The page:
This guide demonstrates the process of automatically containerizing your XGBoost.

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What you will need

  • Dockerhub account
  • Connection to running Chassis.ml service (either from a local deployment or via publicly-hosted service)
  • Trained XGBoost model that can be loaded into memory or code to train a XGBoost model from scratch
  • Python environment

NOTE: To follow along, you can reference the Jupyter notebook example and data files here.

Set Up Environment

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We recommend you follow this guide using a Jupyter Notebook. Follow the appropriate install instructions based on your environment.

Create a Python virtual environment and install the python packages required to load and run your model. At a minimum, pip install the following packages:

pip install chassisml modzy-sdk

If you would like to follow this guide directly, pip install the following additional packages:

scikit-learn>=4.5.5.64
numpy>=1.22.3
xgboost>=1.6.0

Load Model into Memory

If you plan to use the Chassis service, you must first load your model into memory. If you have your trained model file saved locally (.pth, .pkl, .h5, .joblib, or other file format), you can load your model from the weights file directly, or alternatively train and use the model object.

import cv2
import chassisml
from io import StringIO
import numpy as np
import pandas as pd
import json
import xgboost as xgb
from sklearn.datasets import load_boston
from sklearn.model_selection import train_test_split
from sklearn.metrics import mean_squared_error


# load data
boston = load_boston()
X = pd.DataFrame(boston.data, columns=boston.feature_names)
y = pd.Series(boston.target)
X_train, X_test, y_train, y_test = train_test_split(X, y)

# save sample data for testing later
with open("data/sample_house_data.csv", "w") as f:
    X_test[:10].to_csv(f, index=False)

# build XGBoost regressor
regressor = xgb.XGBRegressor(
    n_estimators=100,
    reg_lambda=1,
    gamma=0,
    max_depth=3
)

# train model
regressor.fit(X_train, y_train)

The fit() execution will print the following:

XGBRegressor(base_score=0.5, booster='gbtree', colsample_bylevel=1,
             colsample_bynode=1, colsample_bytree=1, enable_categorical=False,
             gamma=0, gpu_id=-1, importance_type=None,
             interaction_constraints='', learning_rate=0.300000012,
             max_delta_step=0, max_depth=3, min_child_weight=1, missing=nan,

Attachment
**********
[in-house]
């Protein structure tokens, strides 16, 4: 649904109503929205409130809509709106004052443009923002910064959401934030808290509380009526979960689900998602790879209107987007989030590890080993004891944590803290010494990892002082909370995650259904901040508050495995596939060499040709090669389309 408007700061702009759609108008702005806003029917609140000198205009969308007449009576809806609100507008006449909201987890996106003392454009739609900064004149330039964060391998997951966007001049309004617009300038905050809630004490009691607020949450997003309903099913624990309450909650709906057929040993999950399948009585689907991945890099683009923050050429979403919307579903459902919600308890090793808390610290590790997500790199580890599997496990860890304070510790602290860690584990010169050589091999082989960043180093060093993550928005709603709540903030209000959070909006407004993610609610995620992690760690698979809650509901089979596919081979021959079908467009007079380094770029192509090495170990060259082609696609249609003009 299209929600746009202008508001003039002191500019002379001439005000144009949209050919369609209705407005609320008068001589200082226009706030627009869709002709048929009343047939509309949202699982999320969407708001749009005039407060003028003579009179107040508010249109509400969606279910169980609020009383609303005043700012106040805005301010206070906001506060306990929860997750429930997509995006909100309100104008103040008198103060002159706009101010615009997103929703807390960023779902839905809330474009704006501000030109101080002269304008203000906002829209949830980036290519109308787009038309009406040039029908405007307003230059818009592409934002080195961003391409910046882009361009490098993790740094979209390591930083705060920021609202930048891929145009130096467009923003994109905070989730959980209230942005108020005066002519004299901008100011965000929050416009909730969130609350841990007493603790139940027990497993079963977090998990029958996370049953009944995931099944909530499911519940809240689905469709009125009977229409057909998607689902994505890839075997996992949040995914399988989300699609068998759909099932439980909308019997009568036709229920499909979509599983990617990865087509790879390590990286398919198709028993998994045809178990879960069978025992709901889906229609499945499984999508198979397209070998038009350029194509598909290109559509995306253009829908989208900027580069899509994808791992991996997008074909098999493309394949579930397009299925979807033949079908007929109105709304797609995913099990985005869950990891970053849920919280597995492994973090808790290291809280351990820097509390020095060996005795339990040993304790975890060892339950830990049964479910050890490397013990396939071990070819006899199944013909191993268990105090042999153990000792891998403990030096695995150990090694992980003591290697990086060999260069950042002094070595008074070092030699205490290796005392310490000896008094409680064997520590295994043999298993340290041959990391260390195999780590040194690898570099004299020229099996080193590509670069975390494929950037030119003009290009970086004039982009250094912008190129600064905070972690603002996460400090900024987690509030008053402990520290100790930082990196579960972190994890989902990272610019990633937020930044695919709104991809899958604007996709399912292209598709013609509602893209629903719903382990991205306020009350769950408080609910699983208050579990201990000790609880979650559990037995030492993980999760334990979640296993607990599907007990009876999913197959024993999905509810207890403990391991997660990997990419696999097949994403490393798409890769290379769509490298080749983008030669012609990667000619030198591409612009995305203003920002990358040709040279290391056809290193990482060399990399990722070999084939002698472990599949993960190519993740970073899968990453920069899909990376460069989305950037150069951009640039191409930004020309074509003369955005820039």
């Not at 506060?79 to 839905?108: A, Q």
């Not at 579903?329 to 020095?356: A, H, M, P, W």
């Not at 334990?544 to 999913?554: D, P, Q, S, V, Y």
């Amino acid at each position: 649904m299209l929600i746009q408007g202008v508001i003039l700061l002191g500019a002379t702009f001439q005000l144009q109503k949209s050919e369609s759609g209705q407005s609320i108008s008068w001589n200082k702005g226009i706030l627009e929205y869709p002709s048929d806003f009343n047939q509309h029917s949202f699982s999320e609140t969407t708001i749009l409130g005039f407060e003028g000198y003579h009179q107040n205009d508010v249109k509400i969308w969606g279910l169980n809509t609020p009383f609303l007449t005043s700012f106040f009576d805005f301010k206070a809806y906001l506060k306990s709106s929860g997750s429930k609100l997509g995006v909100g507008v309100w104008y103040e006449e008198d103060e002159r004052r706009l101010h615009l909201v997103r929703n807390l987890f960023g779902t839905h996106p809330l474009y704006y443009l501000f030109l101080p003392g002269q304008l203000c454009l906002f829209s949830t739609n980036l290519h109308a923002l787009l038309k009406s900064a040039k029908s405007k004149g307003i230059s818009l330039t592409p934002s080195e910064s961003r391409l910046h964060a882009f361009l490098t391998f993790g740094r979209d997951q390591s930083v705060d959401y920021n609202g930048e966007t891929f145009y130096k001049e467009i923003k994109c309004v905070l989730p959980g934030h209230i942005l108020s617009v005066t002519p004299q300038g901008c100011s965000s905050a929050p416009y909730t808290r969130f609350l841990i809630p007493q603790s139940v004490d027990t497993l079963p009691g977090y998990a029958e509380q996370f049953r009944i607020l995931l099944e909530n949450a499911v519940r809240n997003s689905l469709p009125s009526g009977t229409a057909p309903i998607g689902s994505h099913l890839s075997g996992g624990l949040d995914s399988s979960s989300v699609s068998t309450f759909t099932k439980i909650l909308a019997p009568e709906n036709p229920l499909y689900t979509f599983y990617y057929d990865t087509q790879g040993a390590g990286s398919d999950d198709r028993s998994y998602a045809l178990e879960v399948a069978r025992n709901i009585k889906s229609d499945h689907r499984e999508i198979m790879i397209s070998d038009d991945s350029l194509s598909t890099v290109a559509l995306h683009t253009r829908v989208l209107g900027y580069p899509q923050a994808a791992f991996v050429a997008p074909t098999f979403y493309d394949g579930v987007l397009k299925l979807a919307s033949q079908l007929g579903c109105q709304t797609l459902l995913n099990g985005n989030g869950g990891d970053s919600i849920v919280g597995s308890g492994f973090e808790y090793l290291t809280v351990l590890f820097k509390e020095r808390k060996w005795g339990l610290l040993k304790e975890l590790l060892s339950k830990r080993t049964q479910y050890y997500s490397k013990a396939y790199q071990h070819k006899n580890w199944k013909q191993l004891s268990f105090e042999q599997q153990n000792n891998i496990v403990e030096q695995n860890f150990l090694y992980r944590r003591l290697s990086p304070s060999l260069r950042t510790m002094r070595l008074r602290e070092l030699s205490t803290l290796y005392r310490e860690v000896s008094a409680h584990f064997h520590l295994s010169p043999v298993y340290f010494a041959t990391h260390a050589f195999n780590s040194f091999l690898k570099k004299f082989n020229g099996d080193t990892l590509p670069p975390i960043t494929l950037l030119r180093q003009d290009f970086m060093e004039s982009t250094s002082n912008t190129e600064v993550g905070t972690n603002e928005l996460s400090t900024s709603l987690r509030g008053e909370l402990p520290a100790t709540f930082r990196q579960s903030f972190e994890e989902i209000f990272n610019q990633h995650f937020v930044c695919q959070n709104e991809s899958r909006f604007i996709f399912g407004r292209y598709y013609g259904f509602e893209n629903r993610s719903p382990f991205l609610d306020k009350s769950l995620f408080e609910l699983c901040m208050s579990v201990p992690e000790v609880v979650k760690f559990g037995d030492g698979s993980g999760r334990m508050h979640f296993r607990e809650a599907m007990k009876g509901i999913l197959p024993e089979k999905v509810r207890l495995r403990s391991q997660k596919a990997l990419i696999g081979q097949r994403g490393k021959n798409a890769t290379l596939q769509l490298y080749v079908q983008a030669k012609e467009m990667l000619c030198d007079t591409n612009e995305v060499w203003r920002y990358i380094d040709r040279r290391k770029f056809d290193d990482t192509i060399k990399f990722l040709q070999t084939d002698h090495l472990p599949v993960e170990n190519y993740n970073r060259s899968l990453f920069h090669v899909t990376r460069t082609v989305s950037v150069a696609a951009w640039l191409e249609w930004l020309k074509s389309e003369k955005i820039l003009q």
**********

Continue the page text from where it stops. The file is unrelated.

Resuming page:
monotone_constraints='()', n_estimators=100, n_jobs=12,
             num_parallel_tree=1, predictor='auto', random_state=0, reg_alpha=0,
             reg_lambda=1, scale_pos_weight=1, subsample=1, tree_method='exact',
             validate_parameters=1, verbosity=None)

Run inference on your X_test subset and evaluate model performance.

# run inference
y_pred = regressor.predict(X_test)
# evaluate model
mean_squared_error(y_test, y_pred)
>>>> 7.658965947061991

Define process Function

You can think of this function as your "inference" function that will take input data as raw bytes, process the inputs, make predictions, and return the results. This method is the sole parameter required to create a ChassisModel object.

def process(input_bytes):
    # load data
    inputs = pd.read_csv(StringIO(str(input_bytes, "utf-8")))    

    # run inference
    preds = regressor.predict(inputs)

    # structure results
    inference_result = {
        "housePricePredictions": [
            {"row": i+1, "price": preds[i].round(0)*1000} for i in range(len(preds))
        ]
    }

    structured_output = {
        "data": {
            "result": inference_result,
            "explanation": None,
            "drift": None,
        }
    }
    return structured_output

Create ChassisModel Object and Publish Model

First, connect to a running instance of the Chassis service - either by deploying on your machine or by connecting to the publicly hosted version of the service). Then, you can use the process function you defined to create a ChassisModel object, run a few tests to ensure your model object returns the expected results, and finally publish your model.

chassis_client = chassisml.ChassisClient("http://localhost:5000")
chassis_model = chassis_client.create_model(process_fn=process)

Define sample file from local filepath and run a series of tests.

NOTE: test_env method is not available on publicly-hosted service.

sample_filepath = './data/sample_house_data.csv'
results = chassis_model.test(sample_filepath)
print(results)

test_env_result = chassis_model.test_env(sample_filepath)
print(test_env_result)

Define your Dockerhub credentials and publish your model.

dockerhub_user = <my.username>
dockerhub_pass = <my.password>

response = chassis_model.publish(
   model_name="XGBoost Boston Housing Price Predictions",
   model_version="0.0.1",
   registry_user=dockerhub_user,
   registry_pass=dockerhub_pass,
   modzy_url=modzy_url
)

job_id = response.get('job_id')
final_status = chassis_client.block_until_complete(job_id)

You have successfully completed the packaging of your XGBoost model. In your Dockerhub account, you should see your new container listed in the "Repositories" tab.

14381438

Figure 1. Example Chassis-built Container

Congratulations! In just minutes you automatically created a Docker container with just a few lines of code. To deploy of your new model container to Modzy, follow the Import Container guide.







What’s Next
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